Spruce tree sap

Spruce tree sap

Watch out you don’t get stuck in this blog.  You know how sap can get kind of messy.  Syrup-y.  Sticky. 

Mission today:  look for sap.  You know it’s running through the tree veins these days.  Everywhere you look as you drive to town you see white buckets hanging from maple trees.  Well, not everywhere.  But in certain locales.

Somebody is tapping those maple trees for sap

Somebody is tapping those maple trees for sap

I wandered around outside, trying to determine if you could tell by looking at trees that the sap was running fiercely inside.  Mostly that answer seems to be No.  I found some wet areas on branches or trunks, but most trees felt dry.  Standing stock-still in the woods near one maple tree, I felt drips on my head.  But was that sap?  Or leftover condensation from morning?  Or something else?

The spruce trees tell another story.  Look at the sap running on those!  Big goblets of sap pour out and solidify.  And if it’s not solid, you don’t want to get it on your hands.  Very hard to wash off with plain soap and water.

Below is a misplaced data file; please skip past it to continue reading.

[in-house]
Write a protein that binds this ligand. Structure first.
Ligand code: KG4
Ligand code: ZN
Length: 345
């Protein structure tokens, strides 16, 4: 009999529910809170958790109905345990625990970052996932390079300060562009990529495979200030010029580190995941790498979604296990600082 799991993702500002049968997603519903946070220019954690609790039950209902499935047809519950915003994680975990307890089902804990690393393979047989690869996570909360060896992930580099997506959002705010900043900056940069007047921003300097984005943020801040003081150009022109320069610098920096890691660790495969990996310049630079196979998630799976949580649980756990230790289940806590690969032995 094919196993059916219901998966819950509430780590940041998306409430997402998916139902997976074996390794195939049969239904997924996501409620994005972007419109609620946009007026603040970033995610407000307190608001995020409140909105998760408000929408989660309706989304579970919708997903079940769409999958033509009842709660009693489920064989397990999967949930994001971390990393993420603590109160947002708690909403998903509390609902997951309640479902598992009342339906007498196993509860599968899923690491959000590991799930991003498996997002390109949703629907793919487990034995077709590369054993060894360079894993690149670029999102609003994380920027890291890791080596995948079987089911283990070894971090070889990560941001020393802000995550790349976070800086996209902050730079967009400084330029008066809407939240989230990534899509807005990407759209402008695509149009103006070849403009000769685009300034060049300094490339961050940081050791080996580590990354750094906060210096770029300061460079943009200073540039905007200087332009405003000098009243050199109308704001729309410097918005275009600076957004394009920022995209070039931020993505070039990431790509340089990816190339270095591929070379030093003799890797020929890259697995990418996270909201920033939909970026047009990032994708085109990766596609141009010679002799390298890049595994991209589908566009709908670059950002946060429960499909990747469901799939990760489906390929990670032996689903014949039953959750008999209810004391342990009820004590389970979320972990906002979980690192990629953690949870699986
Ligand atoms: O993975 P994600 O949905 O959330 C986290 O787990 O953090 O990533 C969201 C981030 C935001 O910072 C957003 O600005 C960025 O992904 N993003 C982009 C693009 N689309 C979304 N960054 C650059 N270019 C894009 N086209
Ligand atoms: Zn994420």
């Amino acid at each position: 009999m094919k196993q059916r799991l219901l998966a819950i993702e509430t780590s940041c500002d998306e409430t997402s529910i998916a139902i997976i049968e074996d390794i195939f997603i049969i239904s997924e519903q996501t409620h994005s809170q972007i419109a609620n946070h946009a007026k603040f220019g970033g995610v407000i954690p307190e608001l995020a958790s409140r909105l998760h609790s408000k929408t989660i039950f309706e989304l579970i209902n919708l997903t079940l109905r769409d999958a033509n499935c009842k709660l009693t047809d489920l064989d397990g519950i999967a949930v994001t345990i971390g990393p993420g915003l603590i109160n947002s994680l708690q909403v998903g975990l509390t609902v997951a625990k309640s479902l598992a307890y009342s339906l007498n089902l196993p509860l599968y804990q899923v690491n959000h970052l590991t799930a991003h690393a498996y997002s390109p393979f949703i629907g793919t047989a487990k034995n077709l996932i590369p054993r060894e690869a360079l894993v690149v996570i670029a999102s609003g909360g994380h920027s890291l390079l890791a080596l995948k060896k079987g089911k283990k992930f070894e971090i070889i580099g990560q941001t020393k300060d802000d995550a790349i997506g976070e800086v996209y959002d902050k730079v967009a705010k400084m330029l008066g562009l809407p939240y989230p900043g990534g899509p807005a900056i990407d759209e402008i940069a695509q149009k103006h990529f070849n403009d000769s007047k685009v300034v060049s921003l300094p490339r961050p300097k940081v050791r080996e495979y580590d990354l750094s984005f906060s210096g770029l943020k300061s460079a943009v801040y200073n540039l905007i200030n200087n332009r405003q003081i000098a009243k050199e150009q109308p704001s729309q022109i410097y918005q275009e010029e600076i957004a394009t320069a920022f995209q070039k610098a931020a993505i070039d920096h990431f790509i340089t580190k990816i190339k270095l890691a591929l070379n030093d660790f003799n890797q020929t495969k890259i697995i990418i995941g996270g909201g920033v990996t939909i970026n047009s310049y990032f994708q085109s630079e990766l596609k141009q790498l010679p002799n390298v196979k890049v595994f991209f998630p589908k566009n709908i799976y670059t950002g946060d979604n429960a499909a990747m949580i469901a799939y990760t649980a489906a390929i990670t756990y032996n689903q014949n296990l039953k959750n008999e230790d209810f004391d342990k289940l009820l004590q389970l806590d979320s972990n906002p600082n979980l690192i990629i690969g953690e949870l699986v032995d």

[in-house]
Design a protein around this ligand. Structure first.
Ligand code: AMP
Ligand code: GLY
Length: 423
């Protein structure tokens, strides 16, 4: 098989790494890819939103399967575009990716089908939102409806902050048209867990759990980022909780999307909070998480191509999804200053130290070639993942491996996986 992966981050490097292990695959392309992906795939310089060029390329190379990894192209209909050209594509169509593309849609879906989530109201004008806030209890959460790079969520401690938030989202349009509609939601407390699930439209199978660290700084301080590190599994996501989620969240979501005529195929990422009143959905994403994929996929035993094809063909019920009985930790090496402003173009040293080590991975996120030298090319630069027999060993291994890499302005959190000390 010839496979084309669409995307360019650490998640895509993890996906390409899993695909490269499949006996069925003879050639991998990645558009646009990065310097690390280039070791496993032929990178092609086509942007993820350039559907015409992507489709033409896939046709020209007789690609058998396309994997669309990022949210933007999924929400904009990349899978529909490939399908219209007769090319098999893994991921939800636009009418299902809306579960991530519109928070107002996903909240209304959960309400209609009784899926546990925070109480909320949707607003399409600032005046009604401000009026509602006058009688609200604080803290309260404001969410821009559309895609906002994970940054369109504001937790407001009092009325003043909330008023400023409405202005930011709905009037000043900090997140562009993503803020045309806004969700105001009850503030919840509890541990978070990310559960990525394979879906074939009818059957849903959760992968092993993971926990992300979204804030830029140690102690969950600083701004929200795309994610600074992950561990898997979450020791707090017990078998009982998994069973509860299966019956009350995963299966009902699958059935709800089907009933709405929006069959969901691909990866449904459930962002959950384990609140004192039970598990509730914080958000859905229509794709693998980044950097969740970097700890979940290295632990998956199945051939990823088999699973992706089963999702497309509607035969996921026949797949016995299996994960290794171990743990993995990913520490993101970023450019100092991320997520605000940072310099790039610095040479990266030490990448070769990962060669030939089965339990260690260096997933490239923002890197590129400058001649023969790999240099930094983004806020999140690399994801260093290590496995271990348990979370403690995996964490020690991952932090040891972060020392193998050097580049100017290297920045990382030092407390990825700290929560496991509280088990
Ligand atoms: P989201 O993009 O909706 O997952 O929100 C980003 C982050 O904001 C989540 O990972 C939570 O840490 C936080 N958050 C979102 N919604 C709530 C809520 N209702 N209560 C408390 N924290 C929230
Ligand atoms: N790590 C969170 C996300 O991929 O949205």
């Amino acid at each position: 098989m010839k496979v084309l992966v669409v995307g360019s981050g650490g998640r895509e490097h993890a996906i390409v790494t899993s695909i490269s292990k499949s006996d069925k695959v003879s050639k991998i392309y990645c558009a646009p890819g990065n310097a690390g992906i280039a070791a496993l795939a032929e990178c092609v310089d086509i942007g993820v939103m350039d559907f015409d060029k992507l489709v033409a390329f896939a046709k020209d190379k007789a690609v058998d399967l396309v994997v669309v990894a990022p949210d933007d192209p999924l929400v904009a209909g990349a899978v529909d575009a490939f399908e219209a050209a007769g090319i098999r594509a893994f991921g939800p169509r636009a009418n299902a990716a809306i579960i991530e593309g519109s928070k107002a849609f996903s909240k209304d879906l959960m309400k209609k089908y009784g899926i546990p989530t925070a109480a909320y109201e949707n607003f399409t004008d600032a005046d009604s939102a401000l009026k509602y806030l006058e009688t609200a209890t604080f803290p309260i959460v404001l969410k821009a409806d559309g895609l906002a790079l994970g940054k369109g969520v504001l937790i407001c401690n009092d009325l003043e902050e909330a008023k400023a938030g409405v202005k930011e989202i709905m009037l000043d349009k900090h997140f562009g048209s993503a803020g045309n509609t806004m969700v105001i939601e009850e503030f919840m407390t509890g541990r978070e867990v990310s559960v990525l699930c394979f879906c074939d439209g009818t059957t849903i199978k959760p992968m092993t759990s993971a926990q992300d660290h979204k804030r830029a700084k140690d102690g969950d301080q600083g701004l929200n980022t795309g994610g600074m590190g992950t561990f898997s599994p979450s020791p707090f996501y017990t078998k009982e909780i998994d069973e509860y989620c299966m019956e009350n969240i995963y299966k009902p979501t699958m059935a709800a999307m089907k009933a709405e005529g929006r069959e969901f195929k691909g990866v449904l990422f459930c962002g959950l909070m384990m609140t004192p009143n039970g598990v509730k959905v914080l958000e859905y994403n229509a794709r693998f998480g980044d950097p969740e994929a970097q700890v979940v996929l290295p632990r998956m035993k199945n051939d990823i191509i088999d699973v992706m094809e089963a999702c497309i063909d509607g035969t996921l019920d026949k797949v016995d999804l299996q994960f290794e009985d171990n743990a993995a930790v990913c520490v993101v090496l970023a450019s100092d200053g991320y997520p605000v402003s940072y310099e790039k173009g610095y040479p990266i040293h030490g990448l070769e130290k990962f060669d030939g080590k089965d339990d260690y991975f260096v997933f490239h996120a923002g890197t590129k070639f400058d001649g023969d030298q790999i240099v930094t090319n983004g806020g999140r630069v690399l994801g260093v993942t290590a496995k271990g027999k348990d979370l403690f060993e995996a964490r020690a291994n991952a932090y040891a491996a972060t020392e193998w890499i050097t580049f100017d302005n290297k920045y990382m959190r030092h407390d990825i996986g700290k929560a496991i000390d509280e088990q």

Remember the truck-load of trees in our driveway, awaiting being cut and split into firewood?  They oozed sap from their pores today, dreaming of the days before they were chopped.  I felt momentarily sad for their plight.  But happy for our warmth next winter.  The things one does to bask in heat…

Sappy end of log

Sappy end of log

I know there’s a scientific explanation about tree sap.  You can adopt that view if you choose.  I prefer to look at it like this:  the trees are dreaming about their babies.  Their babies, as we all know, are leaves and fruit and needles.  Their yearning is translated into sappy energy that springs from the roots to the tree-fingers.  The energy soars into creation.  The sap-juices spur Life into Being.  Yep, that’s my story and I’m sticking to it.

Somebody, somewhere along the line, discovered you could tap some of the sap and boil it down to make syrup to put on pancakes.  Maple syrup is oh so sweet and blissful.  Especially “real” sap-filled maple syrup.  Not that fake artificial grocery store look-alike filled with chemicals that parades as real tree juice.  Stay away from that.

Instead, find yourself some real Michigan Maple Syrup.  (I suppose it’s OK if it comes from other states or countries.)  Make yourself or your family a big whopper of a pile of whole wheat pancakes.  Pour on the syrup.

Taste that sweetness.  Grin!  And pass the syrup over here, please.

Pure Michigan Maple Syrup...yum

Pure Michigan Maple Syrup...yum

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